"Please be sure you can care for our patients."
When Dr. Michael Foley edited the first edition of his Obstetric Intensive Care Manual, I was still actively involved in patient care. I used that first edition and the editions that followed as an essential resource in the care of my patients. I rarely left my office without it in the pocket of my white coat, and I was sure there was another copy on Labor and Delivery. Since then, Dr. Foley's manual has become an invaluable resource for so many of us as it has been updated and the coverage of important topics expanded. This fourth edition builds on this excellent foundation. Readers will find information on the advances of noninvasive hemodynamic assessment, a new chapter on the management of sickle cell crisis, tables, and algorithms that are easier to use, and significant expansion of the chapter on neurologic emergencies including Guillain-Barré syndrome, autonomic dysreflexia, and spinal cord injury. We no longer need to carry the book in our pockets, because the content is available in a variety of electronic versions including for our smartphones or tablets.
For nearly five years, I have been the Chief Executive Officer of The Ohio State University Wexner Medical Center. In this role, I have become increasingly aware of the importance of critical care for our obstetric patients as well as for so many others who experience often unforeseen medical emergencies. As I travel around our region meeting with the leaders of rural hospitals in our hospital network, they often emphasize to me, "Please be sure you can care for our patients when they need critical care." Many of these hospitals have had to cut back on the services they offer and now rely on our institution when patients need the intensive care that can only be offered in large medical centers. This need was so evident during the H1N1 influenza epidemic, which impacted pregnant women so dramatically. Our intensive care beds were full. We had to acquire additional equipment for hemodynamic and ventilatory support and our staffing needs increased. But we did everything we could do to meet the needs of our community and region and that effort was much appreciated.
As many of you know, for more than a decade, I have been interested in burnout in those who provide medical care. Burnout is especially common among those who provide obstetric care and critical care. The three key factors in burnout are demand, control, and support. Clearly, the demand for those in obstetrics and critical care is significant and, as we all recognize, we may have little control over when our patients go into labor or when they have an emergency that requires intensive care. For that reason, support is so important. As I emphasized in my foreword for the third edition, patients needing intensive care must be managed by a multidisciplinary team of skilled individuals. Support for each member of that team is essential if they are to deal with the stresses of their important work. In recognition of this need, we established the STAR program at our medical center several years ago. STAR stands for Stress Trauma and Resilience. We have a skilled team of mental health specialists and counselors who are available to provide preventive services and, when necessary, interventions to support not only our physicians, nurses, and other team members in our critical care units, but the patient's families as well. We have found these services effective in reducing compassion fatigue and burnout. Of course, control can also be improved by the knowledge that one has the necessary information to provide complex patient care and the support of not only your colleagues but a reliable resource for this information. For that reason, I again thank Dr. Michael Foley and his collaborators for providing us with this updated fourth edition of the Obstetric Intensive Care Manual. I know that it will be of great benefit to those of you on the front lines of patient care, and most importantly, to our patients.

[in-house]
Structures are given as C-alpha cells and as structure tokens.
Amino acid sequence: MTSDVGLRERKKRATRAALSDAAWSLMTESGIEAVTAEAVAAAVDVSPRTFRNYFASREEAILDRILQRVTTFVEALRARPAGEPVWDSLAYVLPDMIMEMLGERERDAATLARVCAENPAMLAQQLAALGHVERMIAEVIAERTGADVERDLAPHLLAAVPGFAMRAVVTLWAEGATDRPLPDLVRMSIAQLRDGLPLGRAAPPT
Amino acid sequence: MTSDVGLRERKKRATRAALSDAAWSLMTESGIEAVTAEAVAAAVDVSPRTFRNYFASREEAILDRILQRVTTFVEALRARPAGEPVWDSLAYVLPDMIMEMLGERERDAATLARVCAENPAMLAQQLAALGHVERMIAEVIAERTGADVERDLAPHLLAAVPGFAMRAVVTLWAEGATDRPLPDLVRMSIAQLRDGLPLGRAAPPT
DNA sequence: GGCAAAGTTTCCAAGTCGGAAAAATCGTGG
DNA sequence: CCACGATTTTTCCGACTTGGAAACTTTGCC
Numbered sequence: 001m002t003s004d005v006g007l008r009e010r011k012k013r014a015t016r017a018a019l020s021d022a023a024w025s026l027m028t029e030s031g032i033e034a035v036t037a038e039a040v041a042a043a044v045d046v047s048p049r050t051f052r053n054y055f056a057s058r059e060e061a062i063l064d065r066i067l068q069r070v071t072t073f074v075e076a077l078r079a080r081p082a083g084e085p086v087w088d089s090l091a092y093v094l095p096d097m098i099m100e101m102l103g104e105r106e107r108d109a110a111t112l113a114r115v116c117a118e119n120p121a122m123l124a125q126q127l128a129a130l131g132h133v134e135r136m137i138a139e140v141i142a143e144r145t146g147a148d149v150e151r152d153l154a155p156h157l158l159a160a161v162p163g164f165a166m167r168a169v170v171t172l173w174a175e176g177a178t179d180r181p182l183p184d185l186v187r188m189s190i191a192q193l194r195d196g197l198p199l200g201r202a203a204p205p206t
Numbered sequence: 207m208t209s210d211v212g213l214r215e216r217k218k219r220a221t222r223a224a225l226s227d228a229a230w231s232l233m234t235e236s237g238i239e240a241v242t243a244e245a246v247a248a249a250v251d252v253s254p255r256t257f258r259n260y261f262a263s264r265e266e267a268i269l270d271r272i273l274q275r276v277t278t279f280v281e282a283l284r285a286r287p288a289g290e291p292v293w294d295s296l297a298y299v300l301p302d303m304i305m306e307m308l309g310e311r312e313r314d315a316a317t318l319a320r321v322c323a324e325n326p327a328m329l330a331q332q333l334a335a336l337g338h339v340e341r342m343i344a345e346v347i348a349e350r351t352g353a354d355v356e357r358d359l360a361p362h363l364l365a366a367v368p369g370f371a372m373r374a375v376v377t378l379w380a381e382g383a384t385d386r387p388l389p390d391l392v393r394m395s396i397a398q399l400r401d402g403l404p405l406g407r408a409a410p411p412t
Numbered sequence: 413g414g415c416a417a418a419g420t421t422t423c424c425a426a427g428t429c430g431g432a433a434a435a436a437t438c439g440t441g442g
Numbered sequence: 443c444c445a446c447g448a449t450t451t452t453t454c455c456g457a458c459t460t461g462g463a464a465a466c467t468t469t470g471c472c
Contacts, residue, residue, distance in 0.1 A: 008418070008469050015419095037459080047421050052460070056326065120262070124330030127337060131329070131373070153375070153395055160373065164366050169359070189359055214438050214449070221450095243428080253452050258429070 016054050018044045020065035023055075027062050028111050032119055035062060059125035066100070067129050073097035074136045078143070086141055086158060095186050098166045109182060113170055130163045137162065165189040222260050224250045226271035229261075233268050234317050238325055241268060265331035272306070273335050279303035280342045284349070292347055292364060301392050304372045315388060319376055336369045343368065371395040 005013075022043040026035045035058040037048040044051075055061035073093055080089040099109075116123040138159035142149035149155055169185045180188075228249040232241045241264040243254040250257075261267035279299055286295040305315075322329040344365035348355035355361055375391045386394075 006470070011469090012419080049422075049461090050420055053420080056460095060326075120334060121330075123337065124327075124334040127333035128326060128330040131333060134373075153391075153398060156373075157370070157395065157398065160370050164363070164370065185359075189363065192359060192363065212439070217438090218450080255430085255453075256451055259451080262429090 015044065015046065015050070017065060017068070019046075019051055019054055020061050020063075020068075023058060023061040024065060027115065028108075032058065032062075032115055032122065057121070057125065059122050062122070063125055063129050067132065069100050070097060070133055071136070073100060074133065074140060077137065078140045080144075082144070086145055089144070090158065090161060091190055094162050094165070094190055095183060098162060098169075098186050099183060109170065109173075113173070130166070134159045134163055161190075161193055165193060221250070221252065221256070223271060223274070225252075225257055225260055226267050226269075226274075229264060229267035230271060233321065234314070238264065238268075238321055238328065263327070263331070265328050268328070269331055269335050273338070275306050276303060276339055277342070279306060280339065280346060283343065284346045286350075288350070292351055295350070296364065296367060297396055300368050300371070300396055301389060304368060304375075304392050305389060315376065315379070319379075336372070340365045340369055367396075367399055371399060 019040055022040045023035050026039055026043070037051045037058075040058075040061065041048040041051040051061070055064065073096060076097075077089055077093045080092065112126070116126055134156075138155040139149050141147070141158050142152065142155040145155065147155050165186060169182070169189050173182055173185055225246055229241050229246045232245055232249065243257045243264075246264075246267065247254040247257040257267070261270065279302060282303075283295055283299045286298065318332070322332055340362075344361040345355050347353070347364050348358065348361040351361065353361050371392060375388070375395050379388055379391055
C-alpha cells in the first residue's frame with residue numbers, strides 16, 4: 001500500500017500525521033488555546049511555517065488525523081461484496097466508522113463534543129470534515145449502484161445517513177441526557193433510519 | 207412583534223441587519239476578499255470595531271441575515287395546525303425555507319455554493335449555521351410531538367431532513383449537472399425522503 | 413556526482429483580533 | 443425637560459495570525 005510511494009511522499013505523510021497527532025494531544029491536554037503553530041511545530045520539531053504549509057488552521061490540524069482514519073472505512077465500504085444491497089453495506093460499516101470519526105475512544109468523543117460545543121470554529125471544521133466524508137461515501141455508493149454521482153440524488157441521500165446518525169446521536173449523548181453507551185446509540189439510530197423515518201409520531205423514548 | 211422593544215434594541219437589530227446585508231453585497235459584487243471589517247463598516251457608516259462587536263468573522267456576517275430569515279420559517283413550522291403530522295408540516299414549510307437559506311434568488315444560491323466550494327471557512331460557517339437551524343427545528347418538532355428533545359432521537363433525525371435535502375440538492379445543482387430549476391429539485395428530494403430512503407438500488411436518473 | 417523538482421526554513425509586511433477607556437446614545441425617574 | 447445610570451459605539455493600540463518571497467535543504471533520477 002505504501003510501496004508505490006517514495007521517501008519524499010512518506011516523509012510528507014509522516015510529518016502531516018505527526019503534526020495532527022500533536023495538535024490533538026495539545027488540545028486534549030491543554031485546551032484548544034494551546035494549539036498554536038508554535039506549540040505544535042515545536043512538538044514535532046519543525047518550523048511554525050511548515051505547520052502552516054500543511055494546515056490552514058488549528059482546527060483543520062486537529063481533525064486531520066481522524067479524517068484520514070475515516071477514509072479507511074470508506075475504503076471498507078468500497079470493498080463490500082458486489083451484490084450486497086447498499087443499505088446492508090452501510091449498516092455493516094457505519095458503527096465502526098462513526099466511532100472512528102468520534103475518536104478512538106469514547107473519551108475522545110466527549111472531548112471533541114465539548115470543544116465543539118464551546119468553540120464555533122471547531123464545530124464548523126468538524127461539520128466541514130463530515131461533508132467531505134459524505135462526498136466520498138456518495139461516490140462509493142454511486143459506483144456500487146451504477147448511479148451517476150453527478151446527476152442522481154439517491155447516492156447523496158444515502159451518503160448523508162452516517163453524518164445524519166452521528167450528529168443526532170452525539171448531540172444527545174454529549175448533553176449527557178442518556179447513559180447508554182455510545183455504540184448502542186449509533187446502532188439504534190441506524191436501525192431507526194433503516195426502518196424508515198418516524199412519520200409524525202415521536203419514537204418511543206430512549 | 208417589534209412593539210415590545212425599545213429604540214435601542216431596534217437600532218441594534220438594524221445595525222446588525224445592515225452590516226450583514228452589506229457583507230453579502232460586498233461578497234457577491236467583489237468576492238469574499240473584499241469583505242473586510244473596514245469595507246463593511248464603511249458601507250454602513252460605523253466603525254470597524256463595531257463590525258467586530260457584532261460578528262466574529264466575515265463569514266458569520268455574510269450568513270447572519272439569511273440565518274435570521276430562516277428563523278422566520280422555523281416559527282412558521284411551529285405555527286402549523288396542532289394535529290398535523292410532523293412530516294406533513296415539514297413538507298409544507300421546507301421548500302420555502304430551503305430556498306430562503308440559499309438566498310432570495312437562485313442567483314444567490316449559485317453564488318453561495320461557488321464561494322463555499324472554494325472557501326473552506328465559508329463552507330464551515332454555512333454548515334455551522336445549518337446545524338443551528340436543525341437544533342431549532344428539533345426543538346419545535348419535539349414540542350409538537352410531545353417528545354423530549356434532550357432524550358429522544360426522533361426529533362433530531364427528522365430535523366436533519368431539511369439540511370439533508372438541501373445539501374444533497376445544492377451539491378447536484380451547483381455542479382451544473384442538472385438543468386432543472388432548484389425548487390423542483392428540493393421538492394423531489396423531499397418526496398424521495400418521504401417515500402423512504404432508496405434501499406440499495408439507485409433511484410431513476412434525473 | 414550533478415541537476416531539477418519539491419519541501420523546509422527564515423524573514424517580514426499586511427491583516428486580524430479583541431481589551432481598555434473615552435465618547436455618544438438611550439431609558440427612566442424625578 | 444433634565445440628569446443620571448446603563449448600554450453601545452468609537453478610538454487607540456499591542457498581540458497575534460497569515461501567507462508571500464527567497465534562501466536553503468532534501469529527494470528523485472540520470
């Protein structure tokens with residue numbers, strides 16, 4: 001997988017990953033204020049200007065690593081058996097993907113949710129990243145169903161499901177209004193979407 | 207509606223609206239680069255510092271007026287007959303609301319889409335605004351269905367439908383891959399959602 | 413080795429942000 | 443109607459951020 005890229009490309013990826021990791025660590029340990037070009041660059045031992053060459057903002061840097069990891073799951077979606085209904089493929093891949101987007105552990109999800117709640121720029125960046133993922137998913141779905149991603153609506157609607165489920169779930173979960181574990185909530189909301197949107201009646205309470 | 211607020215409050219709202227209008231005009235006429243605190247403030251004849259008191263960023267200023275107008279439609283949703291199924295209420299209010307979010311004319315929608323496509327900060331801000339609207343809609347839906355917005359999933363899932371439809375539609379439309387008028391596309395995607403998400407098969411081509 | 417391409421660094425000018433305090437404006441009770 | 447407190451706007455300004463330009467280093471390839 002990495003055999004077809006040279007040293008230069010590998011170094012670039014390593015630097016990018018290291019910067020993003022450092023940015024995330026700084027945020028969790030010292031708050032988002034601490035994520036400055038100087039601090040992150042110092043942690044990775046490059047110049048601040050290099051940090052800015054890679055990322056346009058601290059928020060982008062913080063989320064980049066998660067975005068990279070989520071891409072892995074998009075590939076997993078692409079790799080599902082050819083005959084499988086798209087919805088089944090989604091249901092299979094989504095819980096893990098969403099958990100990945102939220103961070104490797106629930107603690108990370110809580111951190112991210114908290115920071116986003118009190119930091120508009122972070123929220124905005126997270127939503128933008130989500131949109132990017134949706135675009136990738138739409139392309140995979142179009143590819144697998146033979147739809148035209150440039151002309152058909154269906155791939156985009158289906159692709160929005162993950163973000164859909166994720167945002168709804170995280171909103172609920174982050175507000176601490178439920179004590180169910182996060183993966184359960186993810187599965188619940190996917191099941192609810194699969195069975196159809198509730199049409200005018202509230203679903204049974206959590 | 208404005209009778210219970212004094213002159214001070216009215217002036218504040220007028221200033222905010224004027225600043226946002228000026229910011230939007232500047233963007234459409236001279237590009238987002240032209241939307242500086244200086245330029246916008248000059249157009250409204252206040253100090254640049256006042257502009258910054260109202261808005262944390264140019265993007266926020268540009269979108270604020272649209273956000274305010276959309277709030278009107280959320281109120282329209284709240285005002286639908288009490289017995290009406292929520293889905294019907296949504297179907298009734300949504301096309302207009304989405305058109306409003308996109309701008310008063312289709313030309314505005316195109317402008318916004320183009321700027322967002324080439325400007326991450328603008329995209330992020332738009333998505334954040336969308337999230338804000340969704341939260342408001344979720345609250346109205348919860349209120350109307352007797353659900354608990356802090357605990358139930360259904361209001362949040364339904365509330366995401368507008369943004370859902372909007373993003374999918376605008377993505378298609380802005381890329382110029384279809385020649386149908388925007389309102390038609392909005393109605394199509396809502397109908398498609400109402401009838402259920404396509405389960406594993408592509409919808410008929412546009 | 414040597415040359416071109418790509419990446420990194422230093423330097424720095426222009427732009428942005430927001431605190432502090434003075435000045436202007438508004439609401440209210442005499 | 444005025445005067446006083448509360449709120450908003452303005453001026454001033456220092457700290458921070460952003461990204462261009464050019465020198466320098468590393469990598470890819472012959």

Steven G. Gabbe, MD
Senior Vice President for Health Sciences
The Ohio State University
Chief Executive Officer
Wexner Medical Center